4/26 - Earth Spirit in the Spotlight!
See it again! Scott and Sandy were featured on WGRZ's "2 the Outdoors" segment Sunday, 4/26. They spoke with Terry Belke about the signs of Spring and our recent Spring Nature Festival.
Earth Spirit Expands Programming with Area Recreation Departments
Following a meeting in the Fall of 2014 with area Recreation Department Directors, Earth Spirit has confirmed a series of contracts with the towns of Orchard Park, Aurora , Hamburg and Amherst. The programs that have been scheduled are focused upon both public events for families and ecology camps for students and are available for registration through the aforementioned Town Recreation Departments. Click here for a listing of these programs.
Program Partnership with Erie 2 BOCES
Schools looking to take advantage of the science-based programming offered by Earth Spirit now have the opportunity to do so much more affordably. A new partnership with Erie 2 BOCES allows us to increase our programming while decreasing the school's realized cost per program. Click here for more information.
The Time of the Sky Dancer
"American Woodcock" by guizmo_68
Also known as the Timberdoodle, the American Woodcock (Scolopax minor) is a member of the Sandpiper family. The size of a small game bird, the Woodcock is well camouflaged with its brown mottled coloration and is rarely seen. The Woodcock's bill is long to accommodate the hunt for earthworms (its chief diet) and the eyes are placed near the back of the head to allow it to keep heightened vigilence on its surroundings while scavenging for lunch.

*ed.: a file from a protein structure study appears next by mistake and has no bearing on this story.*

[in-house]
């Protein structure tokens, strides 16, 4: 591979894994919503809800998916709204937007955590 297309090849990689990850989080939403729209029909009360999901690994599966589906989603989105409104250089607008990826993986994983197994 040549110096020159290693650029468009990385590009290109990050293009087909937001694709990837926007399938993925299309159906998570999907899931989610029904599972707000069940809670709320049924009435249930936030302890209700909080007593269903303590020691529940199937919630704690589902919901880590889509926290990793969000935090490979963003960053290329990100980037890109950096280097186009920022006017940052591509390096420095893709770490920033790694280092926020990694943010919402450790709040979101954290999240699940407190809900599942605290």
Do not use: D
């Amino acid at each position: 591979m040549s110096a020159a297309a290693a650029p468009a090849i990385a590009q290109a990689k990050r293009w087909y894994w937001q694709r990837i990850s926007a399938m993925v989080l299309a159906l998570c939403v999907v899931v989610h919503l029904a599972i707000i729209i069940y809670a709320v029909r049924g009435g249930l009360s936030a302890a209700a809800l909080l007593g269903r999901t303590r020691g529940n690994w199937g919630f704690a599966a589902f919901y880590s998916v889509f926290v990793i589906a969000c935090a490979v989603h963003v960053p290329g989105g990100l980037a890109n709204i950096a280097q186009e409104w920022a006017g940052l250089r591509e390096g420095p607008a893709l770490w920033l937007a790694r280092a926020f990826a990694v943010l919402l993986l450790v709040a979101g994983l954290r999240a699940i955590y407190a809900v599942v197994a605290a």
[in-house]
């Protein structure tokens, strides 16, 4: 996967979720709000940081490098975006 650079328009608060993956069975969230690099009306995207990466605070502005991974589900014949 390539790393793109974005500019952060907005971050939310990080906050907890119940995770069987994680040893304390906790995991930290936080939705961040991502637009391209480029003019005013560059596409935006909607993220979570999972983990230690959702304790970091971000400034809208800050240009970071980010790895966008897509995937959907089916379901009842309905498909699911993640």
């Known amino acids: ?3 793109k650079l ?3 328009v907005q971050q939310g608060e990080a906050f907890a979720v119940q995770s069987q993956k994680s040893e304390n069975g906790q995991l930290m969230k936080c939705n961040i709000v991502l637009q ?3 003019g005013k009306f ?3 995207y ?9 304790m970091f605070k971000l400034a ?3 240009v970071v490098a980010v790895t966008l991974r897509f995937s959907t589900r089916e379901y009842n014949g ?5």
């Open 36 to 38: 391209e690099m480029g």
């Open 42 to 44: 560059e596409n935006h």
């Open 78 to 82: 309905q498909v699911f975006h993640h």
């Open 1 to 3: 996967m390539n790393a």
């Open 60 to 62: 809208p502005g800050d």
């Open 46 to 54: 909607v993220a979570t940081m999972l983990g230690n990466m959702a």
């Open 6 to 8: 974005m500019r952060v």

It is in the early Spring of the year that this quirky bird begins its mating rituals with the males making a dazzling display in their attempts to woo the gals. Just after sundown, in an open (preferably gravel) area near woodlands, you might hear a male Woodcock "peent" - the sound he makes to signal to the ladies he's about to impress them with his prowess. After a few moments of "peenting", the male will take off in flight spiraling high in the sky. He circles a bit, then dives down creating a whistling sound with his wings. He often will land almost exactly where the ritual "dance" began.
Head out to an open area near the woods in the evening during the next few weeks of Spring and listen for the tell-tale "peenting". Then watch the skies above and enjoy one of the most spectacular of bird displays.